This is an age-old question that I get asked on an ongoing basis from real estate investors. Are you better off investing in a single-family detached home, or a multi-family apartment building? As with all thing in life, it depends, but hopefully I can shed some light on the subject to make your decision a little bit easier.
All things being equal, I prefer multi-family apartment buildings. There are huge economies of scale when you buy a 10 or 30 unit apartment building as opposed to a single family home. It’s like the game of Monopoly; you trade in 4 of your houses to buy a hotel.
Top reasons to buy multi-family rental apartment buildings instead of single-family rental homes;
- Economies of scale. You have one roof, one boiler, one parking pad, etc. in one location. Everything is right there together, and you only have to fix it once for all units to benefit.
- Property Management. When you start getting into larger apartment buildings, it becomes practical to have an onsite manager collecting rents, doing showings, etc. This is a huge time savings from a property management perspective.
- The banks look at multi-family buildings as businesses, and will lend based on the financial performance of the building, unlike when you are purchasing a single family home and they are more concerned about your employment, credit, etc. With CMHC insurance, your rate can generally end up being even better than for a single-family rental property.
- Equity take-out. It’s much easier to refinance a multi-family rental building and take out your initial cash investment than it is for a single-family home in the current lending environment.
- Pooling of resources. Since multi-family buildings are difficult for most people to purchase outright on their own, and most people don’t have the experience or knowledge to run them, it makes raising funds and pooling capital a very viable option. Ask around, I’m sure you will find interest from many people that you mention the idea to.
- Buying in a corporation. Most banks will require that you own the rental property inside a corporation, and this helps to limit your liability and potentially taxes. Currently, the majority of lenders won’t let you purchase a single family home using a corporate entity as they want as much personal protection as possible.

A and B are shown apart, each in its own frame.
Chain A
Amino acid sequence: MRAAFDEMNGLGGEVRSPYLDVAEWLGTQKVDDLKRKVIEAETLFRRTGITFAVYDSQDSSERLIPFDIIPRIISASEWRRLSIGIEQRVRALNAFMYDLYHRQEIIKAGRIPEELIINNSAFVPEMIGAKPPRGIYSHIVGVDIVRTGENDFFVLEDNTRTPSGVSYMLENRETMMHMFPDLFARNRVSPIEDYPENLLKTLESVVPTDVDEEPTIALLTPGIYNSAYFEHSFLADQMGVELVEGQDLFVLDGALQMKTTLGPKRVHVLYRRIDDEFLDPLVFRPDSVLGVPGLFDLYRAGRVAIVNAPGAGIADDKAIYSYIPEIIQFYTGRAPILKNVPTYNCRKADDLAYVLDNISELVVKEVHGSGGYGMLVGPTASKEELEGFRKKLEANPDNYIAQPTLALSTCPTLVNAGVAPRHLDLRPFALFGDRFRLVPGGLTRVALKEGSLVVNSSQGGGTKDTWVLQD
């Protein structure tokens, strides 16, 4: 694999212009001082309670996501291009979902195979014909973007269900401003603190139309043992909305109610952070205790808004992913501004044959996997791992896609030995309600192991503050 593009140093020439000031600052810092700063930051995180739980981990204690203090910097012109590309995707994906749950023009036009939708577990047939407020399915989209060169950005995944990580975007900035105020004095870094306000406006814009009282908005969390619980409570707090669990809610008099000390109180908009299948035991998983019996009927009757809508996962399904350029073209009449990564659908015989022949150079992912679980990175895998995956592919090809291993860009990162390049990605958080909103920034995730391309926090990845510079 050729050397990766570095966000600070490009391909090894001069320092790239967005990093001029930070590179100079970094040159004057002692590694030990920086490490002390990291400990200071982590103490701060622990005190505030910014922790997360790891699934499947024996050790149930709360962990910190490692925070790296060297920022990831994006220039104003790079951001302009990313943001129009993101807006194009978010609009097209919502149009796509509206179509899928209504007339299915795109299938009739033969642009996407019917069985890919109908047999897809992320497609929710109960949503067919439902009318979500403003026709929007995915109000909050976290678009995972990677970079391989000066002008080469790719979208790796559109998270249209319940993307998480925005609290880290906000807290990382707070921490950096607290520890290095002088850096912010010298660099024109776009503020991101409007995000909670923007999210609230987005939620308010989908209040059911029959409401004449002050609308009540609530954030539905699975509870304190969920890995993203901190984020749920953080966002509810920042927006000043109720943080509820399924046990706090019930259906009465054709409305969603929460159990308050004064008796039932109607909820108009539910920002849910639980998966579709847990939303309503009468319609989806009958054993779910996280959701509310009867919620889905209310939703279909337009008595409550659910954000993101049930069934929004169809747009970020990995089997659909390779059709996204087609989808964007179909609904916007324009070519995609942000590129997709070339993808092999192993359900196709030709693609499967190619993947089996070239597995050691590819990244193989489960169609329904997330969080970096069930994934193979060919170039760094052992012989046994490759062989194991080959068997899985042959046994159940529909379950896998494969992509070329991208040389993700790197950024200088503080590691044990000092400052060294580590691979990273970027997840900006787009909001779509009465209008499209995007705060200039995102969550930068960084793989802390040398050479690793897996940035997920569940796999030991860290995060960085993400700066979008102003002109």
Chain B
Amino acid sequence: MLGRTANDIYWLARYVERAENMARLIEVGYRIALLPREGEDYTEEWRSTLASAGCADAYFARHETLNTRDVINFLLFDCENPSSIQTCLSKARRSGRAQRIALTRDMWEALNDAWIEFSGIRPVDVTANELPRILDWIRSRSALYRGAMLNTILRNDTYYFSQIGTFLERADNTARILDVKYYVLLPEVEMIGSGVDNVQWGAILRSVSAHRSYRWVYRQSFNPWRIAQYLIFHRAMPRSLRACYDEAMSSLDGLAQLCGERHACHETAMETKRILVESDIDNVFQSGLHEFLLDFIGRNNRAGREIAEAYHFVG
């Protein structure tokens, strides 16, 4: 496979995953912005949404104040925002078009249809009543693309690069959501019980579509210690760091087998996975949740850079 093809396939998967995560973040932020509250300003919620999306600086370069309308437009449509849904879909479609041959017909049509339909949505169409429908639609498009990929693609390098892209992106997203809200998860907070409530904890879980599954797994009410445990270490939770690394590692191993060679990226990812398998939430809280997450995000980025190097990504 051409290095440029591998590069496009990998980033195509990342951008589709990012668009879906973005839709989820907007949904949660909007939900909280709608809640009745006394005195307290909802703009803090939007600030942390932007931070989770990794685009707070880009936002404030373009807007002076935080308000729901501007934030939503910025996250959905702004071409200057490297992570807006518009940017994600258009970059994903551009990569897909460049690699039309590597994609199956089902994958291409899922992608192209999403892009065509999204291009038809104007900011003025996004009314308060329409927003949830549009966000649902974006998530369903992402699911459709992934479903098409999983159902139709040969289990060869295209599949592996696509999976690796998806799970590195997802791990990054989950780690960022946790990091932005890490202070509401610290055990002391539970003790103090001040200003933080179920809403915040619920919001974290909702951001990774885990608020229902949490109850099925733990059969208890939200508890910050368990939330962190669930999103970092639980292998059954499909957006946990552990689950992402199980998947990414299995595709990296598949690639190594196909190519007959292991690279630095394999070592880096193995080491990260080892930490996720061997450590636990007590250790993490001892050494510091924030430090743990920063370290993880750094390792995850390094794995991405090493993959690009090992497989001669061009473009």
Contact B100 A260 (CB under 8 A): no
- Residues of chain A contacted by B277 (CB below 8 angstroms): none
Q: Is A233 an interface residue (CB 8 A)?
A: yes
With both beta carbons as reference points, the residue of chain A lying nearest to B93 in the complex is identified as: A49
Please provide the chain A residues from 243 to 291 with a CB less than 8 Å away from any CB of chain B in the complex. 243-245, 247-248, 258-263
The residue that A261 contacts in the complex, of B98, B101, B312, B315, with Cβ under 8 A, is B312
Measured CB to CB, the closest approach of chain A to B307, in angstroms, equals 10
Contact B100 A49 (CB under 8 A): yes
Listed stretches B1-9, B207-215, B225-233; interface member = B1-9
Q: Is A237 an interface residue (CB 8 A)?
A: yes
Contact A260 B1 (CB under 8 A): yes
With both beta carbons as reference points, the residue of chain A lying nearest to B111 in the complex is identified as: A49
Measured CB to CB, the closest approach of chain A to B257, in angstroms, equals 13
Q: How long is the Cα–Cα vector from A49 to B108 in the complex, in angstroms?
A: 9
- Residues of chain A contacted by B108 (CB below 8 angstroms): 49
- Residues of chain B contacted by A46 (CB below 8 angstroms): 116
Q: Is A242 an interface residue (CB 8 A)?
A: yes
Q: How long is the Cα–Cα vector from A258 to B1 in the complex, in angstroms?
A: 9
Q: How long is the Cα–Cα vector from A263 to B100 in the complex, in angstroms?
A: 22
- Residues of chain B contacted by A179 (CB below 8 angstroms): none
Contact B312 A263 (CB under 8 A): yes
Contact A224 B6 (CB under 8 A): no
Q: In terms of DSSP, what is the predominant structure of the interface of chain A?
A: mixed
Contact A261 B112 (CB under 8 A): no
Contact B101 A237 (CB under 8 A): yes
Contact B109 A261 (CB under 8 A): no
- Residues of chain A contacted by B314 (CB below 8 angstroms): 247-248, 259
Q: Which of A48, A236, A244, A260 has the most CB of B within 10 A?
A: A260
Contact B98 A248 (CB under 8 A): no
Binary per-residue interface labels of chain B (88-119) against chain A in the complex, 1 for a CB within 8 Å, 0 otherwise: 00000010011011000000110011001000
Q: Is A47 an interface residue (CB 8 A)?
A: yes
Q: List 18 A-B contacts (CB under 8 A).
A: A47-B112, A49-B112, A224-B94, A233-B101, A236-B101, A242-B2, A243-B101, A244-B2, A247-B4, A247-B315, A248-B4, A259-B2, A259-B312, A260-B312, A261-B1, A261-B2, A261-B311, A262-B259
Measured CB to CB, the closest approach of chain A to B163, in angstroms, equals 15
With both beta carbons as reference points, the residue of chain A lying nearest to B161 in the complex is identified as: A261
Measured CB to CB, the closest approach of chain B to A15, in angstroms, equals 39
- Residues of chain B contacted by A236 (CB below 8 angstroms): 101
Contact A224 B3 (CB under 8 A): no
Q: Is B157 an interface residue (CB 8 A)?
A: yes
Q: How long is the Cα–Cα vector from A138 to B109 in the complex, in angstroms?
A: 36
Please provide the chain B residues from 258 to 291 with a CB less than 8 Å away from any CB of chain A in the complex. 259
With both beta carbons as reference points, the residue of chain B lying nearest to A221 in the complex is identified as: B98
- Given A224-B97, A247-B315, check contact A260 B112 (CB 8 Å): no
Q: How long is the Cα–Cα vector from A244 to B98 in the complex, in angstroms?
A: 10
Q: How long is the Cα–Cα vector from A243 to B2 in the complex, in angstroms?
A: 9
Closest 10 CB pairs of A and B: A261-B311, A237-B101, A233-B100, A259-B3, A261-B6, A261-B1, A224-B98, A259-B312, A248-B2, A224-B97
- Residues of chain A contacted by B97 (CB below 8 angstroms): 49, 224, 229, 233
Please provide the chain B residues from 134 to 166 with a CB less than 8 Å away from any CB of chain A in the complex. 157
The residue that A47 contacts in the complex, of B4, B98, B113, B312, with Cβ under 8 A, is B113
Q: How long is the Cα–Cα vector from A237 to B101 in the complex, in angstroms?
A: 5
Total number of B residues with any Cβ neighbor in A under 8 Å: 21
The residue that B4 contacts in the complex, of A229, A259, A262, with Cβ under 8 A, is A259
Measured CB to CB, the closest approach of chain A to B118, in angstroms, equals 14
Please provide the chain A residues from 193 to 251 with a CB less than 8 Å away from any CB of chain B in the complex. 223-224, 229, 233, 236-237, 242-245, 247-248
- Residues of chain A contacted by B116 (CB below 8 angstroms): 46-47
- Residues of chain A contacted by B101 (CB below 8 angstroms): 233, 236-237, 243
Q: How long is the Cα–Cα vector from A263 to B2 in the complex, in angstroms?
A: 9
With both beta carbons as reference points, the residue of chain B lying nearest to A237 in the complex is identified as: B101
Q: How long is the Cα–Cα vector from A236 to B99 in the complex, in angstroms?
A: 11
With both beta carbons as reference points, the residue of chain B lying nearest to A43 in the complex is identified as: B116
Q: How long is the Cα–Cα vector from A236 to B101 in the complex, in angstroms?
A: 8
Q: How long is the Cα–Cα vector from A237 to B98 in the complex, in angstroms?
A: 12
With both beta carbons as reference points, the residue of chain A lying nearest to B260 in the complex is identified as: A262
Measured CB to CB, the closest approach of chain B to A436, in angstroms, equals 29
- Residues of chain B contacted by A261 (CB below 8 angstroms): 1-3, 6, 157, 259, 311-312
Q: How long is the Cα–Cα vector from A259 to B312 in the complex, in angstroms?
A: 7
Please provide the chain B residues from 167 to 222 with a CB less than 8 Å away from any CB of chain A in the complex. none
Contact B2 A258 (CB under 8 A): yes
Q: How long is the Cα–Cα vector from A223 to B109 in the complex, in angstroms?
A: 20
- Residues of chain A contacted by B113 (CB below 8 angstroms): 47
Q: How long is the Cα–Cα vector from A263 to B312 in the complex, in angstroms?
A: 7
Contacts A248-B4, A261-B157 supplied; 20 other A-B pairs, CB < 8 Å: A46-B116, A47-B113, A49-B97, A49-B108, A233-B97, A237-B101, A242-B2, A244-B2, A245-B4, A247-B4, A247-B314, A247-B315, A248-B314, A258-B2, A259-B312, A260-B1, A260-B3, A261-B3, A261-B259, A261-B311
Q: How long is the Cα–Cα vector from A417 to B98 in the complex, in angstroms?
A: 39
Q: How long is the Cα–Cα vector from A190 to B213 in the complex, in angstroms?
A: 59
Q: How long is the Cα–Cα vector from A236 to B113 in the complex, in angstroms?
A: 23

Those are the main reasons that I prefer apartment buildings to single family homes.
Here are the downsides to buying a multi-family apartment;
- Very often when you buy a multi-family rental property, there is some deferred maintenance, so keep in mind that cash flow will be tight for the first 5 years. You will need to ensure that you have cash available to take care of these projects.
- Unlike single family homes, apartment buildings aren’t quite as liquid, so you should really have a long term focus of 5-10 years minimum hold.
- Due diligence. Unlike single family homes that don’t require a lot of due diligence one you’ve bought a few, multi-family properties require a lot of due diligence.
- The bigger the building, the bigger the bills. Don’t get caught by surprise here as things like elevators, boilers, roofs, balconies, etc. can really add up quickly and sink an under-funded investor.
- Closing costs. The closing costs in a multi-family transaction can really catch people by surprise. Forecast 5% of the purchase price amount for this. Lender fees, legal fees (you generally pay both sets of legal fees), broker fees, inspections (much pricier than residential), and environmental fees can all really add up!
If you’re looking at some different options for real estate investing, don’t hesitate to reach out to us here.
Chris Stepchuk, April 1 2017